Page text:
Kaizen’s vegan protein line contains 25 g of non-GMO multi-source plant-based protein per serving with a complete amino acid profile from a blend of pea protein, organic pumpkin seed protein, sprouted whole grain brown rice protein, chia seed protein, organic sprouted quinoa to help build strong muscles.

Available in a selection of flavors including vanilla, chocolate, and mixed berry

Iron Vegan

What makes Iron Vegan a leader in the vegan protein space?

It all begins with organic sprouted whole grain brown rice. Unlike white rice, the protein from brown rice is enzymatically extracted, without the use of chemical solvents, from multiple layers of whole grain including the bran, germ and endosperm.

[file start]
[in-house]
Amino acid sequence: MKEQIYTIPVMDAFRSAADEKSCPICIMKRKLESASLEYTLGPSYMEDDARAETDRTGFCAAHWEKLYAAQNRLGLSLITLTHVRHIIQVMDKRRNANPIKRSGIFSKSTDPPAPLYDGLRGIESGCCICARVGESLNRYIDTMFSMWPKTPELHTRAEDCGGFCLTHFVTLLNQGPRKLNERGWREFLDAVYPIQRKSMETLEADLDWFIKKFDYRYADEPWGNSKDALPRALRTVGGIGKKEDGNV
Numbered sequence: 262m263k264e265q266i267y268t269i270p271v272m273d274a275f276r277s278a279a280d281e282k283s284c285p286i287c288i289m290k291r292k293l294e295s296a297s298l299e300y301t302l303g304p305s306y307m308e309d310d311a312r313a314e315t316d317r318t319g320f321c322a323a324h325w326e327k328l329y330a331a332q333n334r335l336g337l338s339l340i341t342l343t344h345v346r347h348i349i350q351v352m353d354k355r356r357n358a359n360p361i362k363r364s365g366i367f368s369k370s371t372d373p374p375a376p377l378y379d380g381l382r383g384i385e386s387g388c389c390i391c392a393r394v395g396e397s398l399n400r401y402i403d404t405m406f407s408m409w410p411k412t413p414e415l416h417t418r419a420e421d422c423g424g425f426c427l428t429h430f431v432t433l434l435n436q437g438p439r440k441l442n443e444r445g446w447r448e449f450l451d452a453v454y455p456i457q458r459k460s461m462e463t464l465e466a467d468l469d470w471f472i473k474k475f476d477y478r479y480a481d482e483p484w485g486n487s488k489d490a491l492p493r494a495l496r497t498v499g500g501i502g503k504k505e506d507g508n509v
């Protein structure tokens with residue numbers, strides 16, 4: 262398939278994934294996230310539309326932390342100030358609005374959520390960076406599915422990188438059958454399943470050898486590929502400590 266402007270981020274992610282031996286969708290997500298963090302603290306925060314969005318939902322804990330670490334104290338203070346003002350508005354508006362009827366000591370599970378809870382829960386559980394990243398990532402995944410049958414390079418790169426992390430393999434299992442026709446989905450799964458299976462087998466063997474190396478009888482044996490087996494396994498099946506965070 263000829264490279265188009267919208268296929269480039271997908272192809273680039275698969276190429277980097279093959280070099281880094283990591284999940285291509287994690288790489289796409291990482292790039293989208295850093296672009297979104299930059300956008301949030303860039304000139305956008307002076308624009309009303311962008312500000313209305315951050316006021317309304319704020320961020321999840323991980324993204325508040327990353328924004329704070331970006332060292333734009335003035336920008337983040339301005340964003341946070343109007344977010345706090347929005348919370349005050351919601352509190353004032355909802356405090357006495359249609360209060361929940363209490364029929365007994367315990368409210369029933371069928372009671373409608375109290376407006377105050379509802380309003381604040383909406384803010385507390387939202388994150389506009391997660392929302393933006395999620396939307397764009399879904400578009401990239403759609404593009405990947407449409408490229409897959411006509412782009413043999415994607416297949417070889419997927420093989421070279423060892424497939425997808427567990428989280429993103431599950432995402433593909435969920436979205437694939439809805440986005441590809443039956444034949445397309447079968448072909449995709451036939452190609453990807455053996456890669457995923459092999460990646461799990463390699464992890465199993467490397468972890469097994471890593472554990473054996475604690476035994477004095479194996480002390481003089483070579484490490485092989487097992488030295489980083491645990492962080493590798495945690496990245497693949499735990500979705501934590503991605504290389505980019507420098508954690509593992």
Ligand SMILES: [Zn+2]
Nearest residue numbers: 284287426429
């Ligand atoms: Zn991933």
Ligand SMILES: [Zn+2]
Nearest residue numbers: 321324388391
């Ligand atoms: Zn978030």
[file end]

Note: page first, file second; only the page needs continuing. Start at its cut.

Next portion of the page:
Next is the addition of raw organic sprouted quinoa, amaranth, millet and pumpkin seed. Each of these organic sprouts is germinated at room temperature, allowing them to retain nutrients that would otherwise be compromised during cooking.

Sprouted grains and seeds have been shown to be higher in nutrients like the B-vitamins, Vitamin C and essential amino acids. Plus there is greater enzyme activity for improved digestibility and absorption. The net result is undeniably better nutrition.

Last but not least is a combination of organic flavours and sweeteners that help to give Sprouted Protein its remarkable taste.

Gone is the gritty, grainy mouth feel of a typical vegan protein. In its place is a smooth, delicious flavour and creamy texture that will almost certainly surprise you!

 

Garden of Life